So I reached out to one person who I knew from my daughter’s school who was really  brilliant around technology. And he said, “Well, let’s post a ad on Craigslist, speaking of craigslist and let’s invite programmers to come out and help build this. So we posted it. I said, come to my house on this day. And about four programmers showed up and gave their time to build the first Give an Hour platform using open source software at that time. I was blown away. This was how they saw their ability to give back and help the men and women who were serving our country. It was amazing. So that’s how we began.

Dolph Goldenburg: I know one of the things that you talk about when you talk about, um, founding your nonprofit is understanding what you do really well and surrounding yourself with people who may be fill in some of the gaps.

Barbara Van Dahlen: Absolutely. Yes. And I think that if I look back at what I’ve learned over the last 15 years, that is absolutely one of the most important lessons. I know what now what I do well, and I know what I don’t do well. And finding people who could fill those gaps, who were good at things like technology, it’s still something that is not my gift, but I value and respect. And so to bring those people in, business leaders people who are good with, you know, finance and thinking about the operation side, I’m good at the vision. I’m good at solving the situation with very simple response, you know, given hour, how do you, how do you turn a complex challenge into something that’s very simple that everyone can understand and do. And I’m a really good, as my husband says, I’m really good at when I believe in something, I’m able to inspire people. But that alone would not get me very far. So finding that team, putting together a board of people who knew things that I didn’t know has been key.

Dolph Goldenburg: I think it is just so important that we’re self-aware about what our strengths are as well as where our strengths are not. And I also think that a lot of us reach a point, I think it often happens around mid-life, but a lot of us reach a point that we’re like, “Okay, I could spend more time getting less weak at the things I’m weak at, or I could just focus on this stuff I do really well and enjoy what I do from this point.”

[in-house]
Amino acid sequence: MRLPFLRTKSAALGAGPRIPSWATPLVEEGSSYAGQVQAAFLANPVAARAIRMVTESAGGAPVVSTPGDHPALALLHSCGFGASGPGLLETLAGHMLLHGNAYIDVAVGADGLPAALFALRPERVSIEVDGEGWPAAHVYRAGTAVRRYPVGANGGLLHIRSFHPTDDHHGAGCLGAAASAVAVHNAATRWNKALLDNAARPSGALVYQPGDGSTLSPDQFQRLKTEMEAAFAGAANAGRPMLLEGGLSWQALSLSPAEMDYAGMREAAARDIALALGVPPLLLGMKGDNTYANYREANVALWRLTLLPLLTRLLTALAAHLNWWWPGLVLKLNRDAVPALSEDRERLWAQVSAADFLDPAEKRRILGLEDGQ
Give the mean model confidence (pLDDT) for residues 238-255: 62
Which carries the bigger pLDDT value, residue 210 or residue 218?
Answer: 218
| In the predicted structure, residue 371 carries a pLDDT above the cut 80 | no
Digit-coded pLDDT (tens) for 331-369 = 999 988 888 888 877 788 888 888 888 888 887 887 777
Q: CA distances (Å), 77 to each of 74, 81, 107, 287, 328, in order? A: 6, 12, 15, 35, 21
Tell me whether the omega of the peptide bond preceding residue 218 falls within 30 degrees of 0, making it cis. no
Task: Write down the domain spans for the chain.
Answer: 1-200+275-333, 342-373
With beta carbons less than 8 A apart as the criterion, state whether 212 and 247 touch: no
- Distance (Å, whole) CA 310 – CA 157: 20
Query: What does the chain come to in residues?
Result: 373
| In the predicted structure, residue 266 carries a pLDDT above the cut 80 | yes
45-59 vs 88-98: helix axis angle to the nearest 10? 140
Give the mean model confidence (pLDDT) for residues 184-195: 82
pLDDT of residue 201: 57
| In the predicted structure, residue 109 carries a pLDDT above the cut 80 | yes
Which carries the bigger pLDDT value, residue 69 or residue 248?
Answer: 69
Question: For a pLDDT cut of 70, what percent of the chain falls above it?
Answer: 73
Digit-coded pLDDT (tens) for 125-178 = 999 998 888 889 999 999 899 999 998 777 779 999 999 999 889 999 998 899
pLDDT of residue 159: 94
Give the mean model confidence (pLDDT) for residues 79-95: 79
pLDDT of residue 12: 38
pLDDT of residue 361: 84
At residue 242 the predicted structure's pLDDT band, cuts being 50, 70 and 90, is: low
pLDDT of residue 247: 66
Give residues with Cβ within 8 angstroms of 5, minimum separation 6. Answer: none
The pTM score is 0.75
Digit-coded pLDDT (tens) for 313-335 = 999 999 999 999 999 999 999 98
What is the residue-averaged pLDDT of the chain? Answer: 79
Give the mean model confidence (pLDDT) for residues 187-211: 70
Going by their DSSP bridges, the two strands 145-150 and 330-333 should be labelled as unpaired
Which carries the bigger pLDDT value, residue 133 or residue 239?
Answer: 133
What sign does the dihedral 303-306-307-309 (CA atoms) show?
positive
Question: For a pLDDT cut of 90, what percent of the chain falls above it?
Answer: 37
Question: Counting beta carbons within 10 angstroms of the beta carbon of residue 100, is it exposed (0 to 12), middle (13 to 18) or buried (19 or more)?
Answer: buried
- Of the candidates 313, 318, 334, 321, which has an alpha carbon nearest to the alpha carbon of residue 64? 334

Barbara Van Dahlen: Yes, absolutely. Another thing that I’ve learned really well is I’ve learned that when I’m hiring for a position inside the organization. People sometimes, you know, they focus on got to hire the person who has the best skills, and you hope that they also kind of are in tune with your philosophy and your perspective. And so, you can make a grid, and you can have people who are really good at the skills, not so good at the philosophy of the company or the organization, or not really good skills, but really great at the philosophy. And what I’ve found is if you can find the people who are best with the skills and best with philosophy, great.

But if I have to pick one over the other, it’s gonna be in line with the philosophy of the organization. Because if you’ve got somebody who’s got great skills, but they are not in sync with you, you’re really destined for a lot of problems, [ain, trouble, whatever. That’s been really critical. You, you need people that, especially in the nonprofit space that are driven by the mission and have great skills, too. But man, you want people that are lined up because this is hard work. It’s great work. It’s the best work I’ve ever done. But, uh, that’s a really important lesson I’ve learned.

Want your virtual workplace to thrive? Here’s what you need:
Regular check-ins
Retreats
Mentoring assistance
Platform connectivity

Dolph Goldenburg: I could not agree more. It is so easy to teach skills, but you can’t fix fit. Like if someone’s just a bad fit, they’re a bad fit regardless of where they are on the organization, whether they’re your chief executive or they’re your front desk person.